Chancellor can look close to home for local plan failure

The Government’s productivity plan, “Fixing the Foundations”, proposes tougher action on local authorities that are taking an unreasonably long time to get their local plans in place, including intervening to get the task completed more effectively. Most of the Chancellor’s Tatton constituents live in Cheshire East and their households will pay council tax (as I do) to that authority. Cheshire East is a particularly extreme example of an authority struggling to produce its local plan. In the absence of an up-to-date local plan, the adequacy of Cheshire East’s housing land supply has been disputed vigorously at appeal and in the courts.

Work started on the new plan when Cheshire East was established in 2009. In May 2014 a plan was submitted to the Secretary of State but the Inspector suspended the local plan examination in November 2014 for more work to be done by the Council on various issues, including the housing land requirement. According to the local press work on the local plan had cost £3.76M up to that point. The Council is due to complete the extra work by the end of July 2015 (with a report to its Cabinet on 21 July) and the examination is scheduled to reconvene in the autumn.

In May 2015 the Council gave a preliminary indication that the extra work showed a need for a major increase in new house building over the level in the submitted plan. The new figures forecast an economic growth rate of 0.7% per annum to 2030 compared with 0.4% per annum in the 2009 forecasts. This is reckoned to equate to 31,400 net new jobs compared with 13,900 in the previous figures. The Council said this means a requirement for 36,000 new homes, up 7,000 on the submitted version of the local plan, but claims sites for 33,000 of these homes have been identified and meeting the new target would not have a “major impact on the Green Belt”.

The actual level of need is still likely to be the subject of dispute when the examination reconvenes and the Inspector could take the view that the changes are so fundamental that they cannot be treated as amendments to the submitted plan. In that case there will be even more delay before a sound plan can be adopted. The additional work will have already consumed staff time at the Council and consultants have been employed. There will probably be a substantial increase on the £3.76M spent before submission of the original plan and an extra £300,000 in external consultancy costs has already been incurred.

The direct cost of preparing and revising the local plan is not the only financial cost of Cheshire East’s approach to plan preparation. In the absence of an up-to-date plan, the Council is conducting a form of “planning by appeal”. The Leader of the Council speaks as if he is fighting a rear-guard action on behalf of the public against marauding speculative developers intent on building houses in unsuitable and unsustainable places. If the Council had a plan in place it would, of course, be easier to guide development to appropriate locations. In any case, some of these schemes have been deemed sustainable on appeal.

Fighting appeals and instigating or defending judicial review cases also has a cost. An FOI request (#809291 and #809565) enquiring into such expenditure over 2012/13, 2013/14 and part of 2014/15 found that the Council had spent £1,014,931 on external advisors helping it with planning appeals and judicial reviews related to housing proposals. Of this total, planning consultants cost £134,465, other experts cost £35,798 and external legal advisors cost £844,768. These figures do not include the cost of the Council’s own planning staff and lawyers working on these cases. Nor do the figures include the costs incurred by the applicants. Those figures are unknown but will be reflected in the developers’ overheads and hence will feed through into the prices charged for new homes and adversely affect new home buyers’ pockets.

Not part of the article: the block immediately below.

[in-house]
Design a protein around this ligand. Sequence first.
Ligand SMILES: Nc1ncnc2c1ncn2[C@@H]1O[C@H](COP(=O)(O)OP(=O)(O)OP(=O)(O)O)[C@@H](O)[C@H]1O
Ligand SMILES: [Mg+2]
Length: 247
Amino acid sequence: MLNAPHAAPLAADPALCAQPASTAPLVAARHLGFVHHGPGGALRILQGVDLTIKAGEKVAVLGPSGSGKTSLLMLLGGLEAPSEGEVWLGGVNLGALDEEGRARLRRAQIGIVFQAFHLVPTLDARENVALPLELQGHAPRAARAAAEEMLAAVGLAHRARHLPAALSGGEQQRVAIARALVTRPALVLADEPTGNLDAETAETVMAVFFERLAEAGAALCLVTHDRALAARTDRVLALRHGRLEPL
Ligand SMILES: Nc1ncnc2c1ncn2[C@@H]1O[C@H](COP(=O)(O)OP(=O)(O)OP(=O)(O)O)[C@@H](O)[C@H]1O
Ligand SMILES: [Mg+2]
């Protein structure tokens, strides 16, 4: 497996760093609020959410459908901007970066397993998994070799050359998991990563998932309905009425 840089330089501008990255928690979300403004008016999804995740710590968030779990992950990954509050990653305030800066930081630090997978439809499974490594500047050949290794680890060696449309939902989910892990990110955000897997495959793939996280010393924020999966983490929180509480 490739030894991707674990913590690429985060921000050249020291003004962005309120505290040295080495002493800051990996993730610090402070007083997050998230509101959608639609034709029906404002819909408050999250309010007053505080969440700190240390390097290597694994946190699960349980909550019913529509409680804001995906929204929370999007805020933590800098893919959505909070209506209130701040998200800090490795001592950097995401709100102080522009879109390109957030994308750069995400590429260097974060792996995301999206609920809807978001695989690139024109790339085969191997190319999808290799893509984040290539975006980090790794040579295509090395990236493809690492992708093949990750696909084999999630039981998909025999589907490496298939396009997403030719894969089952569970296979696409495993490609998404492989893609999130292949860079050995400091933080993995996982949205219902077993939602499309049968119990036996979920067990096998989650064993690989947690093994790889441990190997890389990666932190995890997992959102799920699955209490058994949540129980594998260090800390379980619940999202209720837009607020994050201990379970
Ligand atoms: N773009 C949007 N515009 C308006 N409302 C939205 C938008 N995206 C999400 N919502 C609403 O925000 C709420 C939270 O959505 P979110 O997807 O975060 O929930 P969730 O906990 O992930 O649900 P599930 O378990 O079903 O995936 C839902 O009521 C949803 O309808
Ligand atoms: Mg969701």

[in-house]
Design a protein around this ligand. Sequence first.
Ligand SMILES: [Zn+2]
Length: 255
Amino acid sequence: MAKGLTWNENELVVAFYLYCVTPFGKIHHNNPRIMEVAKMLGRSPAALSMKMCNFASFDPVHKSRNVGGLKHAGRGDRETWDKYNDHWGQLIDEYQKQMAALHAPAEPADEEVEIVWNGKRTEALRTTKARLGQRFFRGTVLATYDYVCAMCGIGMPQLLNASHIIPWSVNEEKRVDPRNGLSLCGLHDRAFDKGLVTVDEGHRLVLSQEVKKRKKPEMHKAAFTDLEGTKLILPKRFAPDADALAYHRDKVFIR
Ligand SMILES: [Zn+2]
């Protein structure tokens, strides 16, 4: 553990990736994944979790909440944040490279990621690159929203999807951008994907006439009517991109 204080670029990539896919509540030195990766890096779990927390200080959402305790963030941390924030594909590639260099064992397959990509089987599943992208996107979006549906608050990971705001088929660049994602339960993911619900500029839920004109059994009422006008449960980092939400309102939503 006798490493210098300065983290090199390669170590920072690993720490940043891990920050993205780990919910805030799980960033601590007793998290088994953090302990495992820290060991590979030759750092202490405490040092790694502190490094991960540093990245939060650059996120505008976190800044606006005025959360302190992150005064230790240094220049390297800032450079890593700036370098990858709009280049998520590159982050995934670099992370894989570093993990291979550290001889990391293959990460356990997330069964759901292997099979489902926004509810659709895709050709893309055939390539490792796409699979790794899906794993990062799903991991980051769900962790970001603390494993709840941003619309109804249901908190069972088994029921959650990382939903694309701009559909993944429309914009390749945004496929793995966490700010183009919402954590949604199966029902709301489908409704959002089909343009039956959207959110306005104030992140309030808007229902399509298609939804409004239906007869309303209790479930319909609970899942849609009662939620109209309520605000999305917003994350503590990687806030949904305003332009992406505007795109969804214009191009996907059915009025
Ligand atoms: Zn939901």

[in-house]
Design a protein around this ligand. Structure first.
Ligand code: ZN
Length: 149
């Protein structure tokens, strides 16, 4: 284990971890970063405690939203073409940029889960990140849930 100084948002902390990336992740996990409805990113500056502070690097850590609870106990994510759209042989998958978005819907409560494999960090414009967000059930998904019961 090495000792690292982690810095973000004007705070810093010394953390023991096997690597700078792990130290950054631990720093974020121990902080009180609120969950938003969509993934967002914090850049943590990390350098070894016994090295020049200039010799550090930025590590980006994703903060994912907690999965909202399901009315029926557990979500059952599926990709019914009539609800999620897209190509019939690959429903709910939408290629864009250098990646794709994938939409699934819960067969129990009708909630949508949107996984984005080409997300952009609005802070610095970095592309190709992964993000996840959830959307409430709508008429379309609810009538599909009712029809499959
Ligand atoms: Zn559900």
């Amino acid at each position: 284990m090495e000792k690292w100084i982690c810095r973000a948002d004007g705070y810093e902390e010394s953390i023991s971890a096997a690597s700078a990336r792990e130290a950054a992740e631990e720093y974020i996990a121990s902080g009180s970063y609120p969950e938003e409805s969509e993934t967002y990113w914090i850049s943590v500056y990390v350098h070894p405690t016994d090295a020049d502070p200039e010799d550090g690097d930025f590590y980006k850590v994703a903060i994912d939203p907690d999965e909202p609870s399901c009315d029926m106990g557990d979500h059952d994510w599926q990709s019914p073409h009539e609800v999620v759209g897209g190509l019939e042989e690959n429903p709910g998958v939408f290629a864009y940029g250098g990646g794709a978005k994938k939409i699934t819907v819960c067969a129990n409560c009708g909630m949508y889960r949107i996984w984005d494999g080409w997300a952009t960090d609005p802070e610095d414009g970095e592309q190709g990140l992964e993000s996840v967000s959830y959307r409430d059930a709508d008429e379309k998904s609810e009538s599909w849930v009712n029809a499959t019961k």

It is good that “Fixing the Foundations” is addressing the issue of delay in the preparation of local plans. However, some analysis of the causes of the problem would actually help in finding the right solution. There are a number of questions that need to be addressed – some of which are probably uncomfortable for various parties involved – and these include:
Are local politicians in some areas just too scared of annoying the local electorate to take difficult decisions? In other words, does fear of the “nimbies” make it more attractive to let PINS or the Secretary of State do their job for them?
Does the absence of a strategic framework at regional or sub-regional level make it difficult to determine what the housing land requirement in a particular local authority should be? In other words, is the duty to cooperate doomed to fail?
Do the planners themselves just over-complicate matters?
Are people too afraid of legal challenge?
Does the present local planning framework make sense? Do we really need a Local Plan Strategy that is separate from and goes through different procedures to a Site Allocations and Development Policies Document? Should Supplementary Planning Documents just be for revisions to the plan triggered by changing circumstances?
Does the present approach to public consultation make sense? Can we focus more on the things that matter to people? Has it actually helped the public in Cheshire East that there have been eleven separate stages of consultation to date and that the revisions to the submitted plan will probably require another one?

I hope the Chancellor, in his role of MP for Tatton, will ask his colleague the Secretary of State for Communities and Local Government to investigate what is going wrong in authorities like Cheshire East so that he can come forward with a coherent set of reforms to the local plan making system. It actually makes more sense to fix the system rather than just focus on a few problem authorities.

Kim Penfold
July 2015